In chapter 4, the author examines the pivotal significance of Jesus’ reception of the Spirit because his mission is fulfilled in and through the Spirit. Macchia develops this theme and notes that Jesus’ reception of the Spirit sets in motion the renewal of Israel. Israel’s mission to bless all nations through fulfilling the promise given to Abraham reaches a climax through the coming of Christ and his pouring out the Spirit on Pentecost. Israel will bless the nations through Abraham’s seed, who is Christ. Macchia notes similarities between Christ’s mission and Israel’s history with Christ’s baptism in the Jordan as a focal point as it was that river which was historically significant to Israel’s crossing into the Promised Land. At the Jordan River, Jesus will usher in a new Israel which will bring forgiveness and renewal in the Spirit.

Chapter 5 explores how Christ’s death and resurrection culminate in the journey through baptism in the Spirit and fire and provides the basis for Pentecost. Macchia states that Christ descended into the clutches of sin and death, bearing the Spirit of life (248). The cross is how fallen flesh receives the blessing of Abraham and the gift of the Spirit. By contrast, the resurrection “reveals and enacts the victory of Spirit over fire baptism” (300). Included in this chapter is a substantial section on the atonement.

The final chapter is about Pentecost being the place from which the believer looks with hope for Christ’s return. Citing Schillebeeckx, Macchia infers that the bestowal of the Spirit through the Son ties together the ascension with the Parousia, the second coming (331). The author alludes to the “already/not yet” tension reminding the reader that “our baptism in the Spirit has not yet reached its eschatological embodiment and liberty in the Spirit, and in the image of Christ” (343). Macchia notes that Christ’s goal as Spirit baptizer is to join creation to Himself, and that “Pentecost has the parousia as its telos [end], and the parousia has Pentecost as its basis” (345).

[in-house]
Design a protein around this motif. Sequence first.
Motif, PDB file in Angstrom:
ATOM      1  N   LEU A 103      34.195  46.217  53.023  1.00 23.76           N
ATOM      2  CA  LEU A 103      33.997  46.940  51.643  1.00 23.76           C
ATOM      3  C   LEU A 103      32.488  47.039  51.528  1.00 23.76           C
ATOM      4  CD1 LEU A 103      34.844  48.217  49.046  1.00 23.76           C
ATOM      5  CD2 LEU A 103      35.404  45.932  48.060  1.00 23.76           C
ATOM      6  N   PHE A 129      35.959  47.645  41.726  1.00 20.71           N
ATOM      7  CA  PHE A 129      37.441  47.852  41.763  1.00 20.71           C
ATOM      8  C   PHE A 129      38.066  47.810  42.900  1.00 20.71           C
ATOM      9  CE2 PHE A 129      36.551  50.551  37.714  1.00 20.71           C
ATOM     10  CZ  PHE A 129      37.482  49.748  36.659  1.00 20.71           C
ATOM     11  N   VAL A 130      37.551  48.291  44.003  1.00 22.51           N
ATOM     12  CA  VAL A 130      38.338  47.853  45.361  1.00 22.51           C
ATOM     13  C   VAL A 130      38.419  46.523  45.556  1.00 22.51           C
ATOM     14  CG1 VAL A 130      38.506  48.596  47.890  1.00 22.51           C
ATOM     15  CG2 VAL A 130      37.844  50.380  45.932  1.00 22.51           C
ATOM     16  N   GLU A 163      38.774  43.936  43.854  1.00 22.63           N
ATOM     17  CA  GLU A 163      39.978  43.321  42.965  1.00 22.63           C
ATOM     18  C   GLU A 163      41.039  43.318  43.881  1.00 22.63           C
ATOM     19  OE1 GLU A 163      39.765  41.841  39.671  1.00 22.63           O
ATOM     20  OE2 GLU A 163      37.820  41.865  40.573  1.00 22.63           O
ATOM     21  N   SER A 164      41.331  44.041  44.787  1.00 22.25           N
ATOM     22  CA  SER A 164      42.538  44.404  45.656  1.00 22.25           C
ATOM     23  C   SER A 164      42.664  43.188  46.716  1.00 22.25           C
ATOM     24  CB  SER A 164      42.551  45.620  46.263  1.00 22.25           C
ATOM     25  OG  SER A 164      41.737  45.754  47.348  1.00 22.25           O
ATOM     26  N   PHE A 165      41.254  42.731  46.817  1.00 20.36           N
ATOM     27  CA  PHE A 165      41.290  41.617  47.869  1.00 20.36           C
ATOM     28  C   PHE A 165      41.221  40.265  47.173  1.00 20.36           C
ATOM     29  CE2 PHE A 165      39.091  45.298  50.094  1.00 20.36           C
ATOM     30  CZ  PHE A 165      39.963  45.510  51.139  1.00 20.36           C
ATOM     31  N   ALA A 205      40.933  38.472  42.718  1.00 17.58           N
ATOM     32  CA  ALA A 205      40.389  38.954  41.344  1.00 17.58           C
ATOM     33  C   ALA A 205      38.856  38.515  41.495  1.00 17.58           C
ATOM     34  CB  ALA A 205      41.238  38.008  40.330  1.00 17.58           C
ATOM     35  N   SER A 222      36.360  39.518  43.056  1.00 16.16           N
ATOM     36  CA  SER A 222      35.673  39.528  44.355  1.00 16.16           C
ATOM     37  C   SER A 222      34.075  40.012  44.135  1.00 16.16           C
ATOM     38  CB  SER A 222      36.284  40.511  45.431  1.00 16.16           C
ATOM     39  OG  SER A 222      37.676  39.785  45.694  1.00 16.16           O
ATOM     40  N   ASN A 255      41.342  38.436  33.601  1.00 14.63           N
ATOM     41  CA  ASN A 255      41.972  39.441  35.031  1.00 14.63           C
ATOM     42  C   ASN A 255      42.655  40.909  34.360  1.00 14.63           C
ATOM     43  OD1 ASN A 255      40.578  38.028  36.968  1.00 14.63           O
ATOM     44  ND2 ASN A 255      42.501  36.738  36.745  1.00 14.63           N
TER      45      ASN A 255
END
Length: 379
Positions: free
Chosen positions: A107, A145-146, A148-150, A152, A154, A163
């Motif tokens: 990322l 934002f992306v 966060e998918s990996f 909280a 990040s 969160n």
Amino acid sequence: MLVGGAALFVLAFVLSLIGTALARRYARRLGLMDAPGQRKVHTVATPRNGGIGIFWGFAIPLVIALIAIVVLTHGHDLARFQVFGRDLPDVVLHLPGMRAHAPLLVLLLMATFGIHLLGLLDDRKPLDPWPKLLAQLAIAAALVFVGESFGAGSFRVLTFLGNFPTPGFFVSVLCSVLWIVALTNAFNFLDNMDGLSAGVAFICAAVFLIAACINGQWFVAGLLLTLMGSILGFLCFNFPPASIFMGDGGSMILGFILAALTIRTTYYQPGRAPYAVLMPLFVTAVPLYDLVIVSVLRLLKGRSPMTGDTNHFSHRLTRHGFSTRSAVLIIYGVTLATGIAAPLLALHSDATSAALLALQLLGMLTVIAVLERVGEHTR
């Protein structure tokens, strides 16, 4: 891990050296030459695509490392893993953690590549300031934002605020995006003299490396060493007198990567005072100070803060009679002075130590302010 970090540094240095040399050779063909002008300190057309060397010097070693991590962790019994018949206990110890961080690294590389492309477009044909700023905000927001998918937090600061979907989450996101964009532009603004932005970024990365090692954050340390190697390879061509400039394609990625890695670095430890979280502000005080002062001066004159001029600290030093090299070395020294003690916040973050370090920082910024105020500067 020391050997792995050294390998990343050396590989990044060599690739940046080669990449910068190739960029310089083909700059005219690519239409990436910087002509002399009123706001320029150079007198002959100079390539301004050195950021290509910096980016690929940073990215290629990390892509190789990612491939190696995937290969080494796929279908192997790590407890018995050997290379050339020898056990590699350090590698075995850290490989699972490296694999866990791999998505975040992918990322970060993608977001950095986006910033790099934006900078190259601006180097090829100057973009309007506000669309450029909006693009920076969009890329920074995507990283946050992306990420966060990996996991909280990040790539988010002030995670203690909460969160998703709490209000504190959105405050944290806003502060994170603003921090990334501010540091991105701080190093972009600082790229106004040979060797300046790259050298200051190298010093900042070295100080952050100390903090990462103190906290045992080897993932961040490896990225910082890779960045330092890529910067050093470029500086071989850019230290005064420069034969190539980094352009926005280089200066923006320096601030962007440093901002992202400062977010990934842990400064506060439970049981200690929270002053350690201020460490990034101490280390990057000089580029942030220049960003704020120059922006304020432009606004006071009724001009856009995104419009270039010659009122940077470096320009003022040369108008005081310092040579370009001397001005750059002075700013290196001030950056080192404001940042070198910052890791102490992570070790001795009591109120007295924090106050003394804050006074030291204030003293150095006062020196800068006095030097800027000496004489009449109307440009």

Macchia has achieved what he set out to do, namely proceed chronologically from the incarnation to Pentecost, demonstrating each step through what Christ does at Pentecost and offering many valuable insights along the way. Each chapter begins with a quotation and ends with a conclusion summarizing its contents. This summary is most welcome given that each chapter is somewhat lengthy. The book presupposes that Spirit baptism occurs at conversion and is a metaphor for the Christian life in the Spirit and not a subsequent experience to salvation as held by Classical Pentecostalism. He references historical figures such as Arius, Apollinaris, and Augustine. One may have reservations though of the author highlighting the significance of the epiclesis of the Spirit during the Lord’s supper (335). Overall, the book achieves its purpose and is a valued contribution to the study of pneumatology.

About the Reviewer(s): 

Mark Anderson is an Independent Scholar.

Date of Review: 
July 30, 2020
About the Author(s)/Editor(s)/Translator(s): 

Frank D. Macchia is Professor of Christian Theology at Vanguard University, Costa Mesa, California, and associate director of the Centre for Pentecostal and Charismatic Studies at Bangor University, Wales (UK). His other books include the Two Horizons Commentary volume on Revelation and Justified in the Spirit: Creation, Redemption, and the Triune God.


Reading Religion welcomes comments from AAR members, and you may leave a comment below by logging in with your AAR Member ID and password. Please read our policy on commenting.